Internet Sales Tax?
January 10, 2008 1:38 PM   Subscribe

I know you're not my accountant but... the small company I work for wants to set up an e-commerce area on our website to sell books. We're just talking about one or two specialized titles at the moment to just a few customers. Now the question of Internet sales tax has arisen.

We set up a storefront using a hosted shopping cart solution that includes shipping costs, inventory checks etc. So now I am being asked "should we charge sales tax?" I am pretty certain that when I buy anything off the internet I have never been charged sales tax unless the seller is located in my state and so I have offered that as my opinion.

However our accounting person has taken the stance that this is inter-state commerce and because we have offices (mostly just of one employee) in different states we could be liable for charging sales tax regardless of where the buyer is located. We are a pretty small company but obviously want to stay out of IRS related problems, so is there something on the web about this that I can show or quote to interested parties and so prevent the possible sh*t-storm that seems to brewing?
posted by worker_bee to Law & Government (3 answers total)
My understanding, which comes from talking to accountants in the process of creating several online stores for various companies, is that you must collect sales tax and remit it to any state which you have a physical location.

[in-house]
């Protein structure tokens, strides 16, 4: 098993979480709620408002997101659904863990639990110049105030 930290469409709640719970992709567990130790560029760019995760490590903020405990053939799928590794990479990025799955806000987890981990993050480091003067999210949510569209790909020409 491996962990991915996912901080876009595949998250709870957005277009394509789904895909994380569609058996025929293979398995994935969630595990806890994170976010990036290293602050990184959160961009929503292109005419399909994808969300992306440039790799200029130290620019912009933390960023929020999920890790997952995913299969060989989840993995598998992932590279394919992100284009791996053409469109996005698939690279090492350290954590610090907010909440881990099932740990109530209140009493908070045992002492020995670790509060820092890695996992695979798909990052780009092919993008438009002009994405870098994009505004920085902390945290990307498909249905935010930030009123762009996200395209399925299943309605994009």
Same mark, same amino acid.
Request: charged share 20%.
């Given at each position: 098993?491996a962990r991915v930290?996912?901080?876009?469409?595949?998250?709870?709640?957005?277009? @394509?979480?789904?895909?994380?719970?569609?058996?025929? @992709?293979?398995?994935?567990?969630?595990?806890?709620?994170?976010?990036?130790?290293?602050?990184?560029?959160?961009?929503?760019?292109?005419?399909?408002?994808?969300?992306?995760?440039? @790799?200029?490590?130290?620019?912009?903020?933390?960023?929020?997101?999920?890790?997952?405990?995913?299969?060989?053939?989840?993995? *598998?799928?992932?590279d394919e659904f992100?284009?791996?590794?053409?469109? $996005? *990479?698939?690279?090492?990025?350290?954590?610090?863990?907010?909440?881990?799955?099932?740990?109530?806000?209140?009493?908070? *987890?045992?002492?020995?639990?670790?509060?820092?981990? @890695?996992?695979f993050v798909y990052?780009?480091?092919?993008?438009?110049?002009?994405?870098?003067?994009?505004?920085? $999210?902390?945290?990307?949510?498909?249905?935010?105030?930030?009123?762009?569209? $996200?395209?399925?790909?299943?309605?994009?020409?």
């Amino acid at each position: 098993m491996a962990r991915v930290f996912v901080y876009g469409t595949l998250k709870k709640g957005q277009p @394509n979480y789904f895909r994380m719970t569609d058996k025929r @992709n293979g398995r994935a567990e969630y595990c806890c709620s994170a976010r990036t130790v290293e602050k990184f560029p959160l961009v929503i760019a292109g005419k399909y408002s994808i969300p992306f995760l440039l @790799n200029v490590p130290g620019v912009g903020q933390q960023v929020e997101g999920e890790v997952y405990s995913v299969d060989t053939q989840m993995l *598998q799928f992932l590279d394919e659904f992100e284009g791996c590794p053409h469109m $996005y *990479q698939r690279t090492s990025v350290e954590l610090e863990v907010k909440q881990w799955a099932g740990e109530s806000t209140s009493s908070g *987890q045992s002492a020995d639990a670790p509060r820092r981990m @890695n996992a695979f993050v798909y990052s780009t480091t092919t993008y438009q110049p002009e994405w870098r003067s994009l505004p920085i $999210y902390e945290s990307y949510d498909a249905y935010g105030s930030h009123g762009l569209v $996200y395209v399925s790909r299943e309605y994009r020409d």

Are these employees operating offices in those other states or just telecommuting? Is the business itself registered to operate in those states? Here's an article with an overview that also matches my experience of what's required.

If your accountant is knowledgeable in this area and says you need to do it then you should do it.
posted by voidcontext at 1:48 PM on January 10, 2008

My understanding ... is that you must collect sales tax and remit it to any state which you have a physical location.

Having worked at companies that develop and run online stores, I have been told the same thing with the same wording - you have to collect sales tax for "any state in which you have a physical location." I don't have an official citation for it, but I'm here to recommend that you look for official support of that side of the argument, rather than spend any time trying to refute it.
posted by vytae at 2:13 PM on January 10, 2008

Best answer: Quill v. North Dakota - the bright line test for nexus (the right for a state to impose a sales tax collection obligation) is physical presence. More on internet taxes.

For those states in which you have nexus, you will want to make sure that the state imposes a sales tax on such digital goods. Some will not.
posted by probablysteve at 4:09 PM on January 10, 2008

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